Dedication honors Edmund O'Neal
New school named after first black district principal
ALBANY, N.Y. (Sept.
12, 2017) –
The past and present intersected on Tuesday as the
City School District of Albany honored the man for whom its newest
school is named.
About 150 people gathered at Edmund J. O'Neal
Middle School of Excellence on North Lark Street to pay tribute to the
late Edmund J. O’Neal, who taught, was a principal and ran the human
resources office during his 36-year career in the district.
O’Neal was remembered as a mentor, colleague and
Warren Mackey, a former student, recalled the
interest O’Neal took in him as a student at Arbor Hill Elementary
School. Even after Mackey moved away O’Neal kept in touch and hired
Mackey to work in the school district when he graduated from college,
Born in 1936, O’Neal spent most of life living
and working in Albany. He moved here as a child and was educated in
Albany’s public schools, graduating from Albany High School in 1956
after a brief stint as a medic in the Army.
He went on to graduate from Hampton Institute in
1959 and was hired to teach in the school district the following year.
In 1969, he became the first African-American to
be appointed as a principal in the district. He was assigned to the
former School 6, where he had taught for several years. He went on to
become principal in 1973 of the then-new Arbor Hill Elementary School
and spent a dozen years there before being tapped to lead the district’s
human resources office.
O’Neal was a bedrock of support for students and
staff. But he was no pushover. Board of Education President Sue Adler
called him “old school.”
“He was tough and demanding in his expectations.
He also was revered, and sometimes feared, holding his students and his
colleagues accountable for their actions and their words,” she said.
“I’ve also heard he was a man of great heart who
was known to buy clothing and groceries for children and families out of
his own pocket, a man who was a father figure to the decades of young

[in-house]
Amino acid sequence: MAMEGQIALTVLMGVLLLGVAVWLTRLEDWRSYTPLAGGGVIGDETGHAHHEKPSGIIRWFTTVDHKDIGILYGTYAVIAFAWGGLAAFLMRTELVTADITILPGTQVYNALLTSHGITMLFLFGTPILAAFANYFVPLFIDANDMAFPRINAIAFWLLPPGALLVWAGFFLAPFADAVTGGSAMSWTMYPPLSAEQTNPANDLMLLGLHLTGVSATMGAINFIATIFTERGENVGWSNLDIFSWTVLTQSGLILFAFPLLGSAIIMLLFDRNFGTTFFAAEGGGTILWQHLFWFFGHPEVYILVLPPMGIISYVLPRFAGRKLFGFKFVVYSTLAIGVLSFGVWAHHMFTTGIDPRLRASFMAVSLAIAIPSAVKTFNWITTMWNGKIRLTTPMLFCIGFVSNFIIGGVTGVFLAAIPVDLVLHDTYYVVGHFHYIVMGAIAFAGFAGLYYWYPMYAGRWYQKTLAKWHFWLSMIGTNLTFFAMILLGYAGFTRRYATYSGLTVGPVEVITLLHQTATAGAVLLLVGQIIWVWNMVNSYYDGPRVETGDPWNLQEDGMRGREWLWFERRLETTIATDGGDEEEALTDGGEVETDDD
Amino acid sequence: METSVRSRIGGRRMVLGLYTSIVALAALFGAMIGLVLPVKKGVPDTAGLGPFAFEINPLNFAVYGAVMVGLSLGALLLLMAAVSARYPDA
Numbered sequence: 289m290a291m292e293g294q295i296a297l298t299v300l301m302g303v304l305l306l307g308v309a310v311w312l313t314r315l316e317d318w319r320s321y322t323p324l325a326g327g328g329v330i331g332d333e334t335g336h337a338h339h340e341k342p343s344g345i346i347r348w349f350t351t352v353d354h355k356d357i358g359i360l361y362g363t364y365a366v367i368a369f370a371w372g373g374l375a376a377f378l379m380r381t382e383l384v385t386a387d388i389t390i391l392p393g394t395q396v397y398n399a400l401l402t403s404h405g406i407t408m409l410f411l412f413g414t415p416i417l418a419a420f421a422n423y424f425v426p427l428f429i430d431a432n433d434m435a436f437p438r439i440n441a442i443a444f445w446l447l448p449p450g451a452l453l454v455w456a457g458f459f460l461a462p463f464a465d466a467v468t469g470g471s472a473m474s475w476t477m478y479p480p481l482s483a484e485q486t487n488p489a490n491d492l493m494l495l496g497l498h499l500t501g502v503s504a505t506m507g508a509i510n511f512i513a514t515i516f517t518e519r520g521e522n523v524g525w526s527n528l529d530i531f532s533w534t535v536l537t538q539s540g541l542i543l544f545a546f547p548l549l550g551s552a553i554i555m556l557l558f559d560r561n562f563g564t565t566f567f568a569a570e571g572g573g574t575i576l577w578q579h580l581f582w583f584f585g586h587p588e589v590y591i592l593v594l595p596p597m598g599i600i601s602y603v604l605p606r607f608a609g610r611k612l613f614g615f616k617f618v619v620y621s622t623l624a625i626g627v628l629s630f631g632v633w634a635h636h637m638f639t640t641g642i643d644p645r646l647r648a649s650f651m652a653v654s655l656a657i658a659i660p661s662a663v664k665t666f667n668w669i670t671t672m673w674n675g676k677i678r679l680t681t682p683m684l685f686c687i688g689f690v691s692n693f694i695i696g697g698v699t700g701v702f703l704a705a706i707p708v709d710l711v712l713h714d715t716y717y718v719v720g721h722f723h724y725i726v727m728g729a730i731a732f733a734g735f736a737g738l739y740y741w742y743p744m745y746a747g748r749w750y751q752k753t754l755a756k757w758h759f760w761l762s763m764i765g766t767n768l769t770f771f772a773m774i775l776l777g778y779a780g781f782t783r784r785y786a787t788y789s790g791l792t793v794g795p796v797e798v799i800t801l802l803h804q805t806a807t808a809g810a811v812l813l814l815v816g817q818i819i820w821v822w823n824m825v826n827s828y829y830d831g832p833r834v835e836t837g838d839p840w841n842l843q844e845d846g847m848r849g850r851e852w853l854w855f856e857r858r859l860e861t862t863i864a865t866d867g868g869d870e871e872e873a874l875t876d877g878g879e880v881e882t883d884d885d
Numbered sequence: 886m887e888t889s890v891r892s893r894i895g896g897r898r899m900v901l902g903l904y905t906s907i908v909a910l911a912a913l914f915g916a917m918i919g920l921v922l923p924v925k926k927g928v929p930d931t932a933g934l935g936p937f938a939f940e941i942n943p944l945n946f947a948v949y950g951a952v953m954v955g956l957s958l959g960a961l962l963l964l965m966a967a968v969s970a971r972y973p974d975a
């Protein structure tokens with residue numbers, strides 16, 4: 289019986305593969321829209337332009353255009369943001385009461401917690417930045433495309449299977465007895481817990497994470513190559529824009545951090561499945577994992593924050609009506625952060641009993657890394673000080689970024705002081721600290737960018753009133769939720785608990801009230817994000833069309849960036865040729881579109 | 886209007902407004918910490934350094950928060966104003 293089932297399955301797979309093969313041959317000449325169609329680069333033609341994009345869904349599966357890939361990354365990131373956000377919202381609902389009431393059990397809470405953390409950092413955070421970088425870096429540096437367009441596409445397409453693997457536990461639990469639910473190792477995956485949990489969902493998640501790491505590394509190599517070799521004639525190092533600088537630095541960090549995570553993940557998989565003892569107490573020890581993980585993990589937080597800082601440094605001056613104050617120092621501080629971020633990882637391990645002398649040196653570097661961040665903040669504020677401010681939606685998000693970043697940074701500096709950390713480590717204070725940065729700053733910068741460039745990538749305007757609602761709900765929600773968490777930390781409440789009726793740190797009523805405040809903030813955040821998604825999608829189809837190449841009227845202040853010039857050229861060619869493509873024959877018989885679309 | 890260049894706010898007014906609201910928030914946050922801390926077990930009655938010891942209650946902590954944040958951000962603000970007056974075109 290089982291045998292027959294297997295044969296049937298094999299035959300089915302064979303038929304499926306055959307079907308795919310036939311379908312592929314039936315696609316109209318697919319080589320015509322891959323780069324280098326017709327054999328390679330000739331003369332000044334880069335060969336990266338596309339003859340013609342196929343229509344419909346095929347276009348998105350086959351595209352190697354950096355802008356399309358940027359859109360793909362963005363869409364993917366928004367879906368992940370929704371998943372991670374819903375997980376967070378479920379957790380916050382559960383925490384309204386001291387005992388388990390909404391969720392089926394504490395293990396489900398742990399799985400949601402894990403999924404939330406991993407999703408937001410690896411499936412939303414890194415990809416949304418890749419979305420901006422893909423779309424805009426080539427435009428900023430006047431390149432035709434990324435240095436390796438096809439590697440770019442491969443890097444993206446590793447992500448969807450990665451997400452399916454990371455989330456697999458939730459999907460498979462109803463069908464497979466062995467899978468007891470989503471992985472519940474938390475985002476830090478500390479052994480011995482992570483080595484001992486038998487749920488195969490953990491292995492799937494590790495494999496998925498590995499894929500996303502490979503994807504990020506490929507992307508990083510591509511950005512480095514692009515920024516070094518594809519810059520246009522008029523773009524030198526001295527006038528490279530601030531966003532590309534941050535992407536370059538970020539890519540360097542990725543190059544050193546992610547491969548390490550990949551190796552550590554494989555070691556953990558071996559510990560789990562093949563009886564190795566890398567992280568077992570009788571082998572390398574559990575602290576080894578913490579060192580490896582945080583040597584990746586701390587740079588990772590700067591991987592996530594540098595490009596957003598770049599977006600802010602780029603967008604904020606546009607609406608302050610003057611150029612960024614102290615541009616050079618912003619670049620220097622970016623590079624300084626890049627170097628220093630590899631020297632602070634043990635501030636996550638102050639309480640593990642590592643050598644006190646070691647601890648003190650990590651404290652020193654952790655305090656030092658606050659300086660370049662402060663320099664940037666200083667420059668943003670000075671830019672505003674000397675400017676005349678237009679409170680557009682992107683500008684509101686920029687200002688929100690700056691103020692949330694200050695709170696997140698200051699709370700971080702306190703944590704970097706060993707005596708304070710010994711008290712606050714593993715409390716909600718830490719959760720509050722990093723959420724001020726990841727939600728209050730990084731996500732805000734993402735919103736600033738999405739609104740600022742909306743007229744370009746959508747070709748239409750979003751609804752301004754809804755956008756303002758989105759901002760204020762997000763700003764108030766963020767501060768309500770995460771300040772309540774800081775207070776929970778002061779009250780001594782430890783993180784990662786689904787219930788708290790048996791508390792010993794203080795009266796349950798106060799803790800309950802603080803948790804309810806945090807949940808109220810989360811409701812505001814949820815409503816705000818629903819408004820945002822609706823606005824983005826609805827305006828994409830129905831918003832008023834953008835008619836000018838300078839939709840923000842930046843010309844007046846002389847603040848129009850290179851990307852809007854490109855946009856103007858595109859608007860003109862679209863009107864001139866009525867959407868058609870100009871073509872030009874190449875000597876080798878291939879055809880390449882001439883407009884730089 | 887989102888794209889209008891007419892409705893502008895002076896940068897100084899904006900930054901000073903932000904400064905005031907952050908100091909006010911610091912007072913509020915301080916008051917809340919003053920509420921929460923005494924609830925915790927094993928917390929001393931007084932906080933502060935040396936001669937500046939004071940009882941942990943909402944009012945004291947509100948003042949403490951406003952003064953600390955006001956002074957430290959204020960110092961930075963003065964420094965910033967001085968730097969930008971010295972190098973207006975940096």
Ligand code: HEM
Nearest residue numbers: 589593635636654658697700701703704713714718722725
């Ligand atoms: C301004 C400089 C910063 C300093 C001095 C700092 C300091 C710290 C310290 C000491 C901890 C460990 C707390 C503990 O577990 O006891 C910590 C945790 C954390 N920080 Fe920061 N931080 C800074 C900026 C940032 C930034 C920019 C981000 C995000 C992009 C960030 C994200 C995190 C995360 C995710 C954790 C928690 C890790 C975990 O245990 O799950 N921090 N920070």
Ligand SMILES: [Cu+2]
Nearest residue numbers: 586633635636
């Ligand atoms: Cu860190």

people he worked with,” Adler said.
Besides Mackey and Adler, several others spoke
of O’Neal’s dedication and work, including his daughter Angela,
Superintendent Kaweeda G. Adams, former colleagues Linda
Jackson-Chalmers and Doris Bedell, Albany Mayor Kathy Sheehan and state
Assemblywoman Pat Fahy.
Also speaking was a representative of the
current generation. Nay’Quan Harris, an eighth-grader at the new school,
said he was inspired by his teachers and hopes to become one someday.
All agreed the act of naming the school after
O’Neal was the right thing to do.
“Edmund O’Neal literally devoted his life to the
children and families of the Arbor Hill. For a man who was all about
community, it is only fitting, proper and sensible that this fine new
school, located in the community he served, bears his name,” Adams said.
Click here to see
a Facebook photo album from the event. (You
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The mission of the City School District of
Albany is to educate and prepare all students for
college and career, citizenship and life, in partnership with our
diverse community. The district serves
students in 18
elementary, middle and high schools. In addition to neighborhood
schools, the district includes several magnet schools and programs, as
well as other innovative academic opportunities for students,
including four themed academies at Albany High